Vary price to emphasize brand differentiation and value. Variable pricing draws attention to the value you offer or to the one dimension that most meaningfully differentiates you from competitors. If your burgers are your best product, pricing them higher than other menu items communicates their uniqueness. If special fries are your most popular menu item, sell all of your products with a side of fries and set your prices accordingly.

Vary price to target customer segments. You can also use variable pricing to appeal to certain customer segments. If you want to attract families, price your offerings to favor quantities and selections appropriate for family purchases. If dine-in customers are more desirable than take-out, consider a separate menu with special prices (and perhaps special products) for them. If you want to grow your breakfast daypart, accept a lower margin for those items.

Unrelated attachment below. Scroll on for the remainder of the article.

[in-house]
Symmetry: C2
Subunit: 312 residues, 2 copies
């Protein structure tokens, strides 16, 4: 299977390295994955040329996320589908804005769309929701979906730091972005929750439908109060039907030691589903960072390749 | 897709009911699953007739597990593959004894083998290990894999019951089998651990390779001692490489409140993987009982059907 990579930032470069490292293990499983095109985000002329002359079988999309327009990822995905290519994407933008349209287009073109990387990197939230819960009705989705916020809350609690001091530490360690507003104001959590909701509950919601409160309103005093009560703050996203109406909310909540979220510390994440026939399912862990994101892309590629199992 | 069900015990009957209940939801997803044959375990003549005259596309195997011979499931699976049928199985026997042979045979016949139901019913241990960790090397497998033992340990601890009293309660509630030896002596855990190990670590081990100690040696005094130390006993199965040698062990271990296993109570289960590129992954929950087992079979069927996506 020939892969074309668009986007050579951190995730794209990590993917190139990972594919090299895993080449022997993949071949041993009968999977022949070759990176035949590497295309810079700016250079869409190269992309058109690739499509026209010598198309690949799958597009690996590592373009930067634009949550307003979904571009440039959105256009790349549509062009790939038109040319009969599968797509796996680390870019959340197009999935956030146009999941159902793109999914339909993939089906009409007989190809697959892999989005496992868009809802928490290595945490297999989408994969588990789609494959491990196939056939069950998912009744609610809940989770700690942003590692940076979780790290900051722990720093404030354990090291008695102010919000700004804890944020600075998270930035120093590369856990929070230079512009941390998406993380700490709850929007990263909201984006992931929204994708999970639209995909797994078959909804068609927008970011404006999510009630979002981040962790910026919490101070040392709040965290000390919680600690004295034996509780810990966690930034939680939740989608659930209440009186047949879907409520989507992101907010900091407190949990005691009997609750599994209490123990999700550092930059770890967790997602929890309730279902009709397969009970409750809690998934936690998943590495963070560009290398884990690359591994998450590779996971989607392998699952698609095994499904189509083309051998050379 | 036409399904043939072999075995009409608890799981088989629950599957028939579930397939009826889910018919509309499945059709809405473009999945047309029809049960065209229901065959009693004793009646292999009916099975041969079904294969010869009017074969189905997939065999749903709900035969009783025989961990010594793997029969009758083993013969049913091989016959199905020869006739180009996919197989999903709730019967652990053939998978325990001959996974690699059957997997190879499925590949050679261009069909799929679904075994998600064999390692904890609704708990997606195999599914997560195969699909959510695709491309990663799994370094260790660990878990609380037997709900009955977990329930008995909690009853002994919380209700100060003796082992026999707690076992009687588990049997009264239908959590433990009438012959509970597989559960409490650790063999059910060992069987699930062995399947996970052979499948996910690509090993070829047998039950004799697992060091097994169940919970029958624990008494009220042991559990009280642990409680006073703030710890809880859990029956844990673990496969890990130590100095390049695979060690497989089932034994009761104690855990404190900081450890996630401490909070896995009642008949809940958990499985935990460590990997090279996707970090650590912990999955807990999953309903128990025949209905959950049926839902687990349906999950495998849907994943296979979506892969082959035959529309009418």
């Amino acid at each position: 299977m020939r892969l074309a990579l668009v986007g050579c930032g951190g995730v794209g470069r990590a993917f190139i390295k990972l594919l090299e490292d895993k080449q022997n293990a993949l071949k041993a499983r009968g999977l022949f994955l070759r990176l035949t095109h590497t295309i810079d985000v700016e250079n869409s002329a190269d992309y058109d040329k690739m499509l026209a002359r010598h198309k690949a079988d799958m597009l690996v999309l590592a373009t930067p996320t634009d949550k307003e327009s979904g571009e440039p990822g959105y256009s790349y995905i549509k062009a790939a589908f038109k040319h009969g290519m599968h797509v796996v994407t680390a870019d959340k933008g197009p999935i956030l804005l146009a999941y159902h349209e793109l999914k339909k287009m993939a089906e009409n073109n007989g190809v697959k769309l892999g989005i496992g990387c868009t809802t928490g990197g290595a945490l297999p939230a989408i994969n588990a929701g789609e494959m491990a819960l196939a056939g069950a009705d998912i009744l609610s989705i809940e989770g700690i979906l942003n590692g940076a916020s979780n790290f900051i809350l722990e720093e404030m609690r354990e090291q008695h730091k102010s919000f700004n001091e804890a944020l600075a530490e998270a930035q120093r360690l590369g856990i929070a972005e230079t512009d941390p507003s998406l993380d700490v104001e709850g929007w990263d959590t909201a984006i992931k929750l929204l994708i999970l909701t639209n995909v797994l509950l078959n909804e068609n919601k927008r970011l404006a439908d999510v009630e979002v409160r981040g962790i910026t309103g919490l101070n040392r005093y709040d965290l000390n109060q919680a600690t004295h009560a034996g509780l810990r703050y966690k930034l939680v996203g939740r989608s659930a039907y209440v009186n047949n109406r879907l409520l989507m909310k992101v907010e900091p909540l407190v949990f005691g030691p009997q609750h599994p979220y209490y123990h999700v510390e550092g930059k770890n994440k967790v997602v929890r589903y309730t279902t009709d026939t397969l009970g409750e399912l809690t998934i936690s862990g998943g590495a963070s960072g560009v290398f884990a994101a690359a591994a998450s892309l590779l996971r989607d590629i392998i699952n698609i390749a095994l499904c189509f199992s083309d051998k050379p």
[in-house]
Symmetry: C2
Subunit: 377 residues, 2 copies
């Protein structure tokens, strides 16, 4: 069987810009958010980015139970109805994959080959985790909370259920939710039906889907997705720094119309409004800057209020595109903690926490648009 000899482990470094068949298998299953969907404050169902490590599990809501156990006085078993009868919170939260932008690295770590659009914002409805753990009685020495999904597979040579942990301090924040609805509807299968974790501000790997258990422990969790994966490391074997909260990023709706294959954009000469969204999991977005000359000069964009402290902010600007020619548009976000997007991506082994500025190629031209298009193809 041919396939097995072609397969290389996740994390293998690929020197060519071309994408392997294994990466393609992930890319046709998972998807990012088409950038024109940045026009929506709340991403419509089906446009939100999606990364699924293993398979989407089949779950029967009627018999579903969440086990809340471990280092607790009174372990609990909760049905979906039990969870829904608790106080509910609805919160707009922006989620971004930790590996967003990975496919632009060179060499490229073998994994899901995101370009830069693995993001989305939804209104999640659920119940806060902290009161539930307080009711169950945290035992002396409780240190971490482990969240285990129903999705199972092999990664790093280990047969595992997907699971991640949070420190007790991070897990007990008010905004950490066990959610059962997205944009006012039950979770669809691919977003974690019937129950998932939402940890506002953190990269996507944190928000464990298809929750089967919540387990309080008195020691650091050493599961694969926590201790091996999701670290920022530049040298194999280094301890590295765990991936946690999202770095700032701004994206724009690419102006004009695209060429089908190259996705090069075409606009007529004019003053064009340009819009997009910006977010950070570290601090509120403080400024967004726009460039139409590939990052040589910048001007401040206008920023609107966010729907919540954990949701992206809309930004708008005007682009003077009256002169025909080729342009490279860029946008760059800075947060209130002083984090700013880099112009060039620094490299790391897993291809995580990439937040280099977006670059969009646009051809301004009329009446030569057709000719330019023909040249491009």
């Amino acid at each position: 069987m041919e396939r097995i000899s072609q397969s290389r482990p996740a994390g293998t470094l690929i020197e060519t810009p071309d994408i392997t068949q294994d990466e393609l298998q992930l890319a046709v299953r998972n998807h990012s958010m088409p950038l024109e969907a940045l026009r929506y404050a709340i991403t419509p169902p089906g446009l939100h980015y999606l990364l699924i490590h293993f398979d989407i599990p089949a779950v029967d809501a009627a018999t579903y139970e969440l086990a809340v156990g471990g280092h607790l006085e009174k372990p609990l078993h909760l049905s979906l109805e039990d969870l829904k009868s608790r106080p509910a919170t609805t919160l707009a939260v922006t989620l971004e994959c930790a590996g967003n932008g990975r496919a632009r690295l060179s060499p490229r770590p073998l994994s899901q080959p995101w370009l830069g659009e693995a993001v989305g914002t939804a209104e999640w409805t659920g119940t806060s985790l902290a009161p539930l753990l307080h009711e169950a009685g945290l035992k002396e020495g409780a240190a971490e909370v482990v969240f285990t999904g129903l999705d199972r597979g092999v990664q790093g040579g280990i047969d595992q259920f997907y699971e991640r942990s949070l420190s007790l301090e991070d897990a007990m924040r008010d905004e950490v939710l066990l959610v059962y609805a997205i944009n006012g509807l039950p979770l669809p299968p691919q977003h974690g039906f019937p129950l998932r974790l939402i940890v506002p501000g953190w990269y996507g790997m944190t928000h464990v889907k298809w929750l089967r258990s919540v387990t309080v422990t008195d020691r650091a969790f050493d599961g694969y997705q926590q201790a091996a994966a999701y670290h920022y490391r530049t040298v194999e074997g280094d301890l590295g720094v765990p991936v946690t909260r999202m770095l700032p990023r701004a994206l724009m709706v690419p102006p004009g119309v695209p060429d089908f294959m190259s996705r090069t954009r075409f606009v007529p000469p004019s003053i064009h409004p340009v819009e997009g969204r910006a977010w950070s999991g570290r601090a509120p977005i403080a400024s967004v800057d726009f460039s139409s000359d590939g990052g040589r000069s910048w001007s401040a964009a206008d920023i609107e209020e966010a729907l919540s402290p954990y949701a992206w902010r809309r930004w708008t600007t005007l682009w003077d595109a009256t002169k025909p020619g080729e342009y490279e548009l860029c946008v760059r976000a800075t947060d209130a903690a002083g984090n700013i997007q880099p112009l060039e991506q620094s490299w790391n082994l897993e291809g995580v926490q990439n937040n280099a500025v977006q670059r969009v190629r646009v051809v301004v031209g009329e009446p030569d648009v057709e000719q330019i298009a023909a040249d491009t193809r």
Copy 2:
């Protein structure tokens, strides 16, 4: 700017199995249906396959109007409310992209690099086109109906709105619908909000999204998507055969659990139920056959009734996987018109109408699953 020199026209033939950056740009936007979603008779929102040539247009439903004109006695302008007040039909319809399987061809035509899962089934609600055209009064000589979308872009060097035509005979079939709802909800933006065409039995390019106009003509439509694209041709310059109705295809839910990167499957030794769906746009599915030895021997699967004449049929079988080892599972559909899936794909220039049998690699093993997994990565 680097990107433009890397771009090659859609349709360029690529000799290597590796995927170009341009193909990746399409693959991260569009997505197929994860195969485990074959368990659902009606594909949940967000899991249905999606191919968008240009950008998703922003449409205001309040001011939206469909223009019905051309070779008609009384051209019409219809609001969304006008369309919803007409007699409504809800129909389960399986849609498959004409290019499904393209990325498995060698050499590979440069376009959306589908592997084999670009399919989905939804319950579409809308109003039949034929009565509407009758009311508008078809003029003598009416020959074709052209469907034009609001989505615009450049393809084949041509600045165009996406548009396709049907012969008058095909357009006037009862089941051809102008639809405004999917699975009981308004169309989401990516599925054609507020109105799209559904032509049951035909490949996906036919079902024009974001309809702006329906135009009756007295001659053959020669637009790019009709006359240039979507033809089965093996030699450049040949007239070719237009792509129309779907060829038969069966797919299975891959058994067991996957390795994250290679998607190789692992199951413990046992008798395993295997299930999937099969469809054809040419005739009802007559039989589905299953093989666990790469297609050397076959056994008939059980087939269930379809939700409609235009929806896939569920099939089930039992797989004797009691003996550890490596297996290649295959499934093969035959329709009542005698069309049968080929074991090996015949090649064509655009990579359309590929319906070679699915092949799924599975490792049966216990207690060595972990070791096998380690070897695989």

Anchor your pricing. Price anchoring uses cues to set the customer’s expectations. Those TV infomercials that claim their new gizmo is “a $50 value that’s available today for only $19.99” use price anchoring to increase the perceived value of their offering. Wegman’s grocery stores show competitors’ prices on their shelves to prove their items are competitively priced. And car dealerships don’t display that $50,000 fully loaded model only to encourage customers to add on expensive options—they also use it to make customers feel like they’re getting a deal if they walk away with a $35,000 version. You can use similar approaches to communicate the perceived value of your menu items.

Pricing is too important to be made as an arbitrary decision. And just because consumers have cut back on spending doesn’t mean pricing is simply a game of “how low can you go.” With a strategic approach, you can use price as a helpful tool in your brand-building toolbox.

Source: QSRmagazine.com - Denise Lee Yohn